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Monday, July 3, 2006

Employee loaded costs

One of the things that always amazes me is how ill-informed employees are of their 'total cost to the company', often referred to as 'loaded costs'. Simply put, the pre-tax salary that is in your offer letter is only a part of what your employer pays for you. I find it pretty silly that an employee leaves one company for a 5% pay hike in his base salary without calcuating what other 'hidden' costs may not be paid by the new employer. To give you an idea, here is a sample break down of what constitues your 'loaded cost' to your employer, assuming your salary is $100,000 (easy number for computations). There are some approximations made, but for the most part, this will give you a good idea of the costs involved.

This also gives employers an idea of how much they are really spending per employee. Many senior employees who are involved in budgeting and planning are often clueless about their real costs and take only 'paper salary' as their total cost, which is way off the mark.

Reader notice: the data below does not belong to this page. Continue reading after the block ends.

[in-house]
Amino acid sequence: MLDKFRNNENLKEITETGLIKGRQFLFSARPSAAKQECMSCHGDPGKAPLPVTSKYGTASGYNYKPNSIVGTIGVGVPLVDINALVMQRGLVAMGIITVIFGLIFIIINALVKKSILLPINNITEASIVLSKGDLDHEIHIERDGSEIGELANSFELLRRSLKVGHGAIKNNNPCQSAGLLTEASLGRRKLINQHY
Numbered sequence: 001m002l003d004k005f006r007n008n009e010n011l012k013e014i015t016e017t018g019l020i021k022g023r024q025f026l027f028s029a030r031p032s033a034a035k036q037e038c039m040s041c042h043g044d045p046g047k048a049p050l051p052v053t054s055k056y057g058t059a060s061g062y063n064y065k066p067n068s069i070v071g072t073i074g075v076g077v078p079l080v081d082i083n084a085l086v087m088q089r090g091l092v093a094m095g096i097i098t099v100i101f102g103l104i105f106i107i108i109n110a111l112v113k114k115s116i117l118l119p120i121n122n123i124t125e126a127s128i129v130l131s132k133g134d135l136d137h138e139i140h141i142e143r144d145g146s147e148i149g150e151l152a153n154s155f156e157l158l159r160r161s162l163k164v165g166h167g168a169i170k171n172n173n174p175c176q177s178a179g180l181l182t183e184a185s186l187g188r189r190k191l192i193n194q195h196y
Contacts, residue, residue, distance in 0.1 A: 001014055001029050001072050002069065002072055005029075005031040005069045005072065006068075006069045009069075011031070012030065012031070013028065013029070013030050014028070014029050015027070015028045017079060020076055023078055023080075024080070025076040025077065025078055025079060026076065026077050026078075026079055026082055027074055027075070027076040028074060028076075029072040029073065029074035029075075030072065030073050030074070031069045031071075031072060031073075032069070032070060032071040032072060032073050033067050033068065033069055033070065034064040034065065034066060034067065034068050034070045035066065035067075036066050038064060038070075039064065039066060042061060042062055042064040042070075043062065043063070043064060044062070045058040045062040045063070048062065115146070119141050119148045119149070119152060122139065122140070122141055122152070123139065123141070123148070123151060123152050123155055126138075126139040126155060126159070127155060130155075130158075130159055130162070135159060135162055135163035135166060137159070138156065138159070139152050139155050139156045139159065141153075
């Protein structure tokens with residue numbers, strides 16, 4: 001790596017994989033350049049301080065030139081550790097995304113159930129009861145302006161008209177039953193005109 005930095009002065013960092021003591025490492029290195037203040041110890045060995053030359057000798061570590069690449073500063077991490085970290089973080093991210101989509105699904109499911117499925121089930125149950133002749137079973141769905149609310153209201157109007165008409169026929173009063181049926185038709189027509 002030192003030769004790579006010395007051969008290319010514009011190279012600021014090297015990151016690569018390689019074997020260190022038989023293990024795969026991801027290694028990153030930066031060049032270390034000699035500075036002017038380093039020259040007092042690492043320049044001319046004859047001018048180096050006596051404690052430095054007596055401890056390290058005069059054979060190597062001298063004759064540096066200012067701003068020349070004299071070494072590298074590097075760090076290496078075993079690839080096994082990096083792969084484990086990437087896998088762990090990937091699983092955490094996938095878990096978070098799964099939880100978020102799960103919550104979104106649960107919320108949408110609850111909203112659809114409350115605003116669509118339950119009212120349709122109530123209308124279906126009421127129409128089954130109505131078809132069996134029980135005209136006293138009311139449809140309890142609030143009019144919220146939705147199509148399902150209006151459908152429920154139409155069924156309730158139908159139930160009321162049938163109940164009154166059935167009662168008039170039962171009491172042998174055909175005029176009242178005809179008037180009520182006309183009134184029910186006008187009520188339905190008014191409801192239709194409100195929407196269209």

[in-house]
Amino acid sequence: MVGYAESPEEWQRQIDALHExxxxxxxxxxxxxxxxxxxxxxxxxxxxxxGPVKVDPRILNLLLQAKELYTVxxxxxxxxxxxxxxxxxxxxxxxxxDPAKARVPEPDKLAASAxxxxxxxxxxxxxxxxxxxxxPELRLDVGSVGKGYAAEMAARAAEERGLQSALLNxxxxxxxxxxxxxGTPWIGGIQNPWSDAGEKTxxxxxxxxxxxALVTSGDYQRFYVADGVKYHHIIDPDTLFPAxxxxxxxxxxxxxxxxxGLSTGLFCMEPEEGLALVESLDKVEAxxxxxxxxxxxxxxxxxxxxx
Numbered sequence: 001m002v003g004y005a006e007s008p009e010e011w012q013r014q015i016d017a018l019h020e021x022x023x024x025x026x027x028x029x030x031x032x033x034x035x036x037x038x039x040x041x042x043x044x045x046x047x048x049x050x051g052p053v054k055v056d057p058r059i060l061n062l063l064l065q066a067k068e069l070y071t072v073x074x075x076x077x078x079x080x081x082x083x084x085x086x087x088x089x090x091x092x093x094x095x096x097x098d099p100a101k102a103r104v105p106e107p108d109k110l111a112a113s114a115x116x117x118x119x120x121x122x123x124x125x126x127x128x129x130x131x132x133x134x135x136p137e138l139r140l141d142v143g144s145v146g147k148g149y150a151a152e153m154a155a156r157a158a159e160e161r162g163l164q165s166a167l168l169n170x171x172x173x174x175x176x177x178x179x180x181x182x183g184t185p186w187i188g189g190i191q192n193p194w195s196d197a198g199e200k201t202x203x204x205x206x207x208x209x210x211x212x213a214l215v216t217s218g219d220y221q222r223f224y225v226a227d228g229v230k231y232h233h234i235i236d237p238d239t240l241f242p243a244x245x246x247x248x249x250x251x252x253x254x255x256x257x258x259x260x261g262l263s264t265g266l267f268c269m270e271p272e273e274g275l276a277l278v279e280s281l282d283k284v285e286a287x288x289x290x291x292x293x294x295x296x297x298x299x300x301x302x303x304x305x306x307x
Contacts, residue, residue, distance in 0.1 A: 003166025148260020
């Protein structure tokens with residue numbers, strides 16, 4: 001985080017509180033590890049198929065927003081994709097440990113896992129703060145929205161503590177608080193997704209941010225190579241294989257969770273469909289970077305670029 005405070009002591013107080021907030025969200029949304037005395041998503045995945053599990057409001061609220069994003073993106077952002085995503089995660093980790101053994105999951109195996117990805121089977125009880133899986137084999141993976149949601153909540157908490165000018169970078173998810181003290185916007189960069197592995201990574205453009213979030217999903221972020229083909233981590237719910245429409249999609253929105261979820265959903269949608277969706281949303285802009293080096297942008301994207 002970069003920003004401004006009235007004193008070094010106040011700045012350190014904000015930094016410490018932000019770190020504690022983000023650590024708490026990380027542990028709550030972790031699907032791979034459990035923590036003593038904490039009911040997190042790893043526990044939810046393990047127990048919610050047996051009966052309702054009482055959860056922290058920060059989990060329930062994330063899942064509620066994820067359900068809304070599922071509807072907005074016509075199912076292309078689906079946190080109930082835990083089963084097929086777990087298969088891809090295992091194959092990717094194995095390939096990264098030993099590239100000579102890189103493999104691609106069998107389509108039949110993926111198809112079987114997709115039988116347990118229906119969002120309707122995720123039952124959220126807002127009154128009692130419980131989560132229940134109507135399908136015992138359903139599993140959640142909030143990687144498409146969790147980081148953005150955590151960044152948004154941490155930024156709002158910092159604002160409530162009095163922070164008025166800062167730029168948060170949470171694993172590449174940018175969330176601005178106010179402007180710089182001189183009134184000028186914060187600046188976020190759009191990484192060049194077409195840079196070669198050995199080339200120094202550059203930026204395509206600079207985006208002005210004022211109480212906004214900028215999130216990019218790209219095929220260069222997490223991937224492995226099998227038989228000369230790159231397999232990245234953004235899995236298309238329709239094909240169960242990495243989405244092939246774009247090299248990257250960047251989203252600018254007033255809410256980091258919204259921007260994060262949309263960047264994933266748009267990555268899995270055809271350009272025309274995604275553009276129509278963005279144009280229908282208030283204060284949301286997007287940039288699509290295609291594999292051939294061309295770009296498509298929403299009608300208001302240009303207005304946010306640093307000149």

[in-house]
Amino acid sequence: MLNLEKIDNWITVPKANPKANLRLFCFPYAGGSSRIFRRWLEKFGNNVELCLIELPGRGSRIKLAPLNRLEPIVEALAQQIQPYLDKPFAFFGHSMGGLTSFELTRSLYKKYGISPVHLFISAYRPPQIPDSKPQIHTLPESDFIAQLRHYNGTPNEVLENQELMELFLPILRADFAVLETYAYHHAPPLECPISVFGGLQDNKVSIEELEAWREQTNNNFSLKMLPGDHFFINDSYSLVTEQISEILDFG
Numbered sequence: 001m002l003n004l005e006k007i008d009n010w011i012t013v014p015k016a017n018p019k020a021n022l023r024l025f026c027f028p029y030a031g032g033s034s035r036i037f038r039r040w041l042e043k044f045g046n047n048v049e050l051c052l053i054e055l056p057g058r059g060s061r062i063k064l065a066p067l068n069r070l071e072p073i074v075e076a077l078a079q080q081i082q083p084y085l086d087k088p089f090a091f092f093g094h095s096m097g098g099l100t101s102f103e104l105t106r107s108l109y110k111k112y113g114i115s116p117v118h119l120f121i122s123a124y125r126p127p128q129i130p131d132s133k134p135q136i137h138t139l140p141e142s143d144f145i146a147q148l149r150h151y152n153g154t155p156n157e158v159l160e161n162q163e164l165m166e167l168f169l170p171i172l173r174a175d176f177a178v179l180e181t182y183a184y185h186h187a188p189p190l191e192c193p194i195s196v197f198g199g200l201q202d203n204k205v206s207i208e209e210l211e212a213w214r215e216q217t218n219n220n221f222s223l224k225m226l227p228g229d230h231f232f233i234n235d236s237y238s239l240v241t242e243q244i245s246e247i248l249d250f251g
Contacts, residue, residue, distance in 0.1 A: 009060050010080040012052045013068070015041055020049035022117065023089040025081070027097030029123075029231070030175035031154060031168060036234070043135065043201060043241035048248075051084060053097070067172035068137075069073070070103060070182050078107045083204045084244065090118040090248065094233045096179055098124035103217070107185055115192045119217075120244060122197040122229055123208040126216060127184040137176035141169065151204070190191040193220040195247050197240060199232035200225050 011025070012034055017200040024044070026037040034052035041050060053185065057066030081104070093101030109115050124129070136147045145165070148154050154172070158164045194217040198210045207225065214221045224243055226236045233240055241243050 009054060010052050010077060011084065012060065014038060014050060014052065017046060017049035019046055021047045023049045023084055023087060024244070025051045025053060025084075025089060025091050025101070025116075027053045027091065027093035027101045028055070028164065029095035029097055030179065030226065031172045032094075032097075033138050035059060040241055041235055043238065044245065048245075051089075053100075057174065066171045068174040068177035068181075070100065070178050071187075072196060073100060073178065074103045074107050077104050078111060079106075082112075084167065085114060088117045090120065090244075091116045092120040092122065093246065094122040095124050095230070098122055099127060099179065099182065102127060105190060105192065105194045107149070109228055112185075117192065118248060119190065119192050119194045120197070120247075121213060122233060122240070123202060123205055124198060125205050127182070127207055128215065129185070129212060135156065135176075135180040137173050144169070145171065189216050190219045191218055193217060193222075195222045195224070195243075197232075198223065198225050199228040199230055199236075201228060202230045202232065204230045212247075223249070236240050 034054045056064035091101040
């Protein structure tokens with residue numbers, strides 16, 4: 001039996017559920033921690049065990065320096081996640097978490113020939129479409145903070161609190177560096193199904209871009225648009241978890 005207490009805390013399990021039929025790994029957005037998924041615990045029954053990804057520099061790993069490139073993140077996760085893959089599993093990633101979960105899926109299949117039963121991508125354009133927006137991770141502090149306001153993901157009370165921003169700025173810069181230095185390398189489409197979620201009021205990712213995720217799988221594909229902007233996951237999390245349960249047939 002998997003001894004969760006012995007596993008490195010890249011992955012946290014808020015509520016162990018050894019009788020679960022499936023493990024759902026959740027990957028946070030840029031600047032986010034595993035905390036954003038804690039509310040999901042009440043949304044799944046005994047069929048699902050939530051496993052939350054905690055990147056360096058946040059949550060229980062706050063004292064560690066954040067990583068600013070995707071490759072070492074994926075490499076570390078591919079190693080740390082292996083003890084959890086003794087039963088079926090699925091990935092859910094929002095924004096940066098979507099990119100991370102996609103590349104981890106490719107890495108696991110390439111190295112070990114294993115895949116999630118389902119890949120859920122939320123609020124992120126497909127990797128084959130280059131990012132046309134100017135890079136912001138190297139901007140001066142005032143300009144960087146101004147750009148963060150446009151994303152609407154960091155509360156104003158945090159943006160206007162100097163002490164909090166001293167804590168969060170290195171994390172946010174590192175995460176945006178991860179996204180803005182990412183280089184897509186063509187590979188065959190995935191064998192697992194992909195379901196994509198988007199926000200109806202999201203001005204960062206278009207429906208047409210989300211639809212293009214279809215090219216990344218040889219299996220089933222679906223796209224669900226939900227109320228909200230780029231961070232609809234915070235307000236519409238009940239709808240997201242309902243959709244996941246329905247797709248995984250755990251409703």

• # of employees = 40
  • 2 VPs, 4 Directors, 3 sales (typically this is more, but let us take this model to compute S&G costs)
Employee loaded costs:
  • Base - $100,000
  • Timeoff/leave - $5,555.56 (assuming 15 days PTO)
  • Company Mandatory contribution to benefits: $4,000
  • trainings costs per employee per yr: $4,000
  • HR Costs (including recruitment): $1,500
  • Employer taxes on behalf of employee: $6,813 (FUTA, FICA, Medicare etc.)
  • Office space and general expenses (rent apportioned, stationery, phone, employee travel ,etc.) - $13,020
  • Company Benefits contribution - $28,000 (insurance taxes, medicare, health premiums)
  • Payroll related expenses - $10,000
  • S&G per employee - $42,237.50 (cost of sales)
Summing all of the above, loaded cost = $215,126 (approx) for an employee who's pre-taxable income is $100,000.